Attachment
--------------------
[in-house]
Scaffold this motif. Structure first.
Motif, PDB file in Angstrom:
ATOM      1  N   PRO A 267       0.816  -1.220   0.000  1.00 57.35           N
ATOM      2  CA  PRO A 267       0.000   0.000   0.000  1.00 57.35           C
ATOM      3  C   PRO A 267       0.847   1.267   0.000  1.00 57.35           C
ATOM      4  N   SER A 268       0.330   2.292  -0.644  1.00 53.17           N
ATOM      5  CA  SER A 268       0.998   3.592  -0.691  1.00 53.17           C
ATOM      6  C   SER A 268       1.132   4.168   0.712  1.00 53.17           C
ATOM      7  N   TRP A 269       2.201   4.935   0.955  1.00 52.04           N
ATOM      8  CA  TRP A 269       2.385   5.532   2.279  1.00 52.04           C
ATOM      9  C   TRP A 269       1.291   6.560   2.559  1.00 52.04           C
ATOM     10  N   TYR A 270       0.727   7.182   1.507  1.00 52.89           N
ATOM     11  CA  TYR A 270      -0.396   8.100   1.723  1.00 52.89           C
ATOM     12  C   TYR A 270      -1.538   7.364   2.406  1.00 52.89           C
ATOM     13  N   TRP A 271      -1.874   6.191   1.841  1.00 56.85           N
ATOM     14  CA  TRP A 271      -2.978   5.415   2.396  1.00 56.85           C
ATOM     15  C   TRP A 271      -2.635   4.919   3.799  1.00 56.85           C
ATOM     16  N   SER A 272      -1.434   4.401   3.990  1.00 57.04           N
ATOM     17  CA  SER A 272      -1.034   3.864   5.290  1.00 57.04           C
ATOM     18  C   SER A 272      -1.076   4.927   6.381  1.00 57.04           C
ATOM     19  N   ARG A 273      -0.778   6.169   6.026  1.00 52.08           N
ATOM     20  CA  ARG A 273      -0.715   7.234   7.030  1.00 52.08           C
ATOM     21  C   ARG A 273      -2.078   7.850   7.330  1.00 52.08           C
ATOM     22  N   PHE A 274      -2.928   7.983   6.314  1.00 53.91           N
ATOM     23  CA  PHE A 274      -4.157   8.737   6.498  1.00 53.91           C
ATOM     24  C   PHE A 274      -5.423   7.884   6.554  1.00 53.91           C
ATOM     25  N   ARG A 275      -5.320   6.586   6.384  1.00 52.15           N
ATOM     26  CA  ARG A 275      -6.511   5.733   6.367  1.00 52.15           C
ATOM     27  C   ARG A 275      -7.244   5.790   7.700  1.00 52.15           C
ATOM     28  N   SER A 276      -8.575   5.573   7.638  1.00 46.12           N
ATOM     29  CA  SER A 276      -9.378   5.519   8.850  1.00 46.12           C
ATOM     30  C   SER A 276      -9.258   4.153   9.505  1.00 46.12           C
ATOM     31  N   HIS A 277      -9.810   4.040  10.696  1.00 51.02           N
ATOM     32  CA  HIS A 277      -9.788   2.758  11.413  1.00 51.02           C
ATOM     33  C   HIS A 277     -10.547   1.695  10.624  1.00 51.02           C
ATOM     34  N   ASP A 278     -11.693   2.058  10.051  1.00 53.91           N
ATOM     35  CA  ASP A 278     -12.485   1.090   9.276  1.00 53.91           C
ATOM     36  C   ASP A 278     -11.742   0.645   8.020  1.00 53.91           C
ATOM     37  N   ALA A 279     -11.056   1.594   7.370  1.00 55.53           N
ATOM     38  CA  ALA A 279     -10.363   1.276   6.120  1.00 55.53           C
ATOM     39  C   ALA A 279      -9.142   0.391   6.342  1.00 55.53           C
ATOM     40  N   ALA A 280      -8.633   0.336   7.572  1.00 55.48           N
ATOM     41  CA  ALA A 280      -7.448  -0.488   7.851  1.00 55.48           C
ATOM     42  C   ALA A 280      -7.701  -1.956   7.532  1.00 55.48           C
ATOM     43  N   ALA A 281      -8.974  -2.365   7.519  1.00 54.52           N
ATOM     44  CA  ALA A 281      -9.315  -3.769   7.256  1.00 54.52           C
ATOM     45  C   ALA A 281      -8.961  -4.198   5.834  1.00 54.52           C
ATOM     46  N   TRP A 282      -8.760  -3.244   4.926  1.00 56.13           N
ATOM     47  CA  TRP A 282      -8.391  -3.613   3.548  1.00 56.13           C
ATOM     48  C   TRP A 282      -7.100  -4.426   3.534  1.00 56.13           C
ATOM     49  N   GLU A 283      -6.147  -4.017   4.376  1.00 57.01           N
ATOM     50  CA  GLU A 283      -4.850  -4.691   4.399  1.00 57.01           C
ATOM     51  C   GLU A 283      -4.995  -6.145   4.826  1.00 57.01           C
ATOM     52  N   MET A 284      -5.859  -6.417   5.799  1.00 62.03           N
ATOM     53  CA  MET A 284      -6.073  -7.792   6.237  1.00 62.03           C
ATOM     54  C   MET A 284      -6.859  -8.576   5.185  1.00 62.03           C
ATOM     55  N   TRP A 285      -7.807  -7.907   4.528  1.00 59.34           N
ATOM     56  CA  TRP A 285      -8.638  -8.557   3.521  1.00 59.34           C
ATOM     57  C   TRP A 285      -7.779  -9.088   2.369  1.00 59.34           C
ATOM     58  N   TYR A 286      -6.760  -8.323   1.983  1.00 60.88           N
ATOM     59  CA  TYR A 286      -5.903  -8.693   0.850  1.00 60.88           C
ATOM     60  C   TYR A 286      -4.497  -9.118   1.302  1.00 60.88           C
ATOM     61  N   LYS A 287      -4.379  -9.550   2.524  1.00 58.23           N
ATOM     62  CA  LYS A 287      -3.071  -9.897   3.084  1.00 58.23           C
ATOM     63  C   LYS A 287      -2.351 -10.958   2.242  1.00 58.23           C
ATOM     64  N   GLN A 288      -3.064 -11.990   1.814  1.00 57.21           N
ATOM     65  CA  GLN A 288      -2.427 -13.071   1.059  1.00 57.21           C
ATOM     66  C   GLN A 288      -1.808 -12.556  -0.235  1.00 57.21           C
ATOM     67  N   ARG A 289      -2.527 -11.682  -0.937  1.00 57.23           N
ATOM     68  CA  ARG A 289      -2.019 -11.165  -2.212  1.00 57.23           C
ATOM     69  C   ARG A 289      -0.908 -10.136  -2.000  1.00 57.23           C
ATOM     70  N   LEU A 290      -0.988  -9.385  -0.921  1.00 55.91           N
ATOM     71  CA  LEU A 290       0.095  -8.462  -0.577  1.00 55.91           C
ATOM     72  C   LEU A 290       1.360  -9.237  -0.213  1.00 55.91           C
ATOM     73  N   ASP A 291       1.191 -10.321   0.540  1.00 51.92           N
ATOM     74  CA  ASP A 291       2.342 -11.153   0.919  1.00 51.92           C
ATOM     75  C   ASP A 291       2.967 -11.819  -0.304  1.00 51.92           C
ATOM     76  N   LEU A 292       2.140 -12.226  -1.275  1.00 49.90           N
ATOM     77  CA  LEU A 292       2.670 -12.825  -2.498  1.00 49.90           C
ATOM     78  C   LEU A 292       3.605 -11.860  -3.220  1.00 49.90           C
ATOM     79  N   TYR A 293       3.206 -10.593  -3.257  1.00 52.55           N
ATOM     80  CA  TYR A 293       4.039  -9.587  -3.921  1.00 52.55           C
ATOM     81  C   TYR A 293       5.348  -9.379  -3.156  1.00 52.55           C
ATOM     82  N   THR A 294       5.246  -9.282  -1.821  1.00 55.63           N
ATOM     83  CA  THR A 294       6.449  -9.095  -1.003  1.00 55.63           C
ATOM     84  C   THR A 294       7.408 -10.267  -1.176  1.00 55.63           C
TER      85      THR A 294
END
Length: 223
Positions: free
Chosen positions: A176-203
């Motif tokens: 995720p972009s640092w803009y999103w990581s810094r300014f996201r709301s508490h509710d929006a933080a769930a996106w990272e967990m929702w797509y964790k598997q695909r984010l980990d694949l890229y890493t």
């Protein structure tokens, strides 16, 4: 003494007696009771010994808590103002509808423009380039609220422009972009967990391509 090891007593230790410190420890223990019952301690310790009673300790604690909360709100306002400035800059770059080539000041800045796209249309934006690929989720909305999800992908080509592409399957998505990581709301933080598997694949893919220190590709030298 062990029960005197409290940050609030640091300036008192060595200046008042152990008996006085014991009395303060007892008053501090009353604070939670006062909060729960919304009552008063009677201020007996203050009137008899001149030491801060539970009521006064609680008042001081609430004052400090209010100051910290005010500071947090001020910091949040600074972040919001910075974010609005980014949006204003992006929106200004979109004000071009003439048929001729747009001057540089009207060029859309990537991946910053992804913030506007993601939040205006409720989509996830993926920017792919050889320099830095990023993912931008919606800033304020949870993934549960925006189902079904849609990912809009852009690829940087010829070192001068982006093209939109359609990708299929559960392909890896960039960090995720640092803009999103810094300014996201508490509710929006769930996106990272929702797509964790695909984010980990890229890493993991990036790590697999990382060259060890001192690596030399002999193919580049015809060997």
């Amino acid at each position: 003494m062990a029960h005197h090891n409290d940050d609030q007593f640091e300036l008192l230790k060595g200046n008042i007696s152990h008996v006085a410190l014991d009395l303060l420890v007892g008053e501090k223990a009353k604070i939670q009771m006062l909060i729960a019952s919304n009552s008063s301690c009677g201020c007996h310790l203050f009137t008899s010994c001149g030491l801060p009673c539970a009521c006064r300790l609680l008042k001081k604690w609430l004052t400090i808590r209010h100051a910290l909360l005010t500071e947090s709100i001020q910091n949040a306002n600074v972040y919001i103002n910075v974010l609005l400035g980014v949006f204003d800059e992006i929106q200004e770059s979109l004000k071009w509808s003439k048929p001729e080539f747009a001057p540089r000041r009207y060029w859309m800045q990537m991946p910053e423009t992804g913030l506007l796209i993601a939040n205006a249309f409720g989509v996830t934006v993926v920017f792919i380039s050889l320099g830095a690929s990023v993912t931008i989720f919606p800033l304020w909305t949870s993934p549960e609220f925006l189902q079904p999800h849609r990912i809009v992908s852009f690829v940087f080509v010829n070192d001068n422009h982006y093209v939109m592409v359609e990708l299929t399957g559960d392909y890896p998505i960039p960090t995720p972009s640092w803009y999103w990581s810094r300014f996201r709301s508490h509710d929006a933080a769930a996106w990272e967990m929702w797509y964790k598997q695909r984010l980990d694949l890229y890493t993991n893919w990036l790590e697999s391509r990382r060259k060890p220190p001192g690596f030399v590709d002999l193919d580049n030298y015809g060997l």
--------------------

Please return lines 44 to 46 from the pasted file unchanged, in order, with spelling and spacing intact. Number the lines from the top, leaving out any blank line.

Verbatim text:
ATOM     41  CA  ALA A 280      -7.448  -0.488   7.851  1.00 55.48           C
ATOM     42  C   ALA A 280      -7.701  -1.956   7.532  1.00 55.48           C
ATOM     43  N   ALA A 281      -8.974  -2.365   7.519  1.00 54.52           N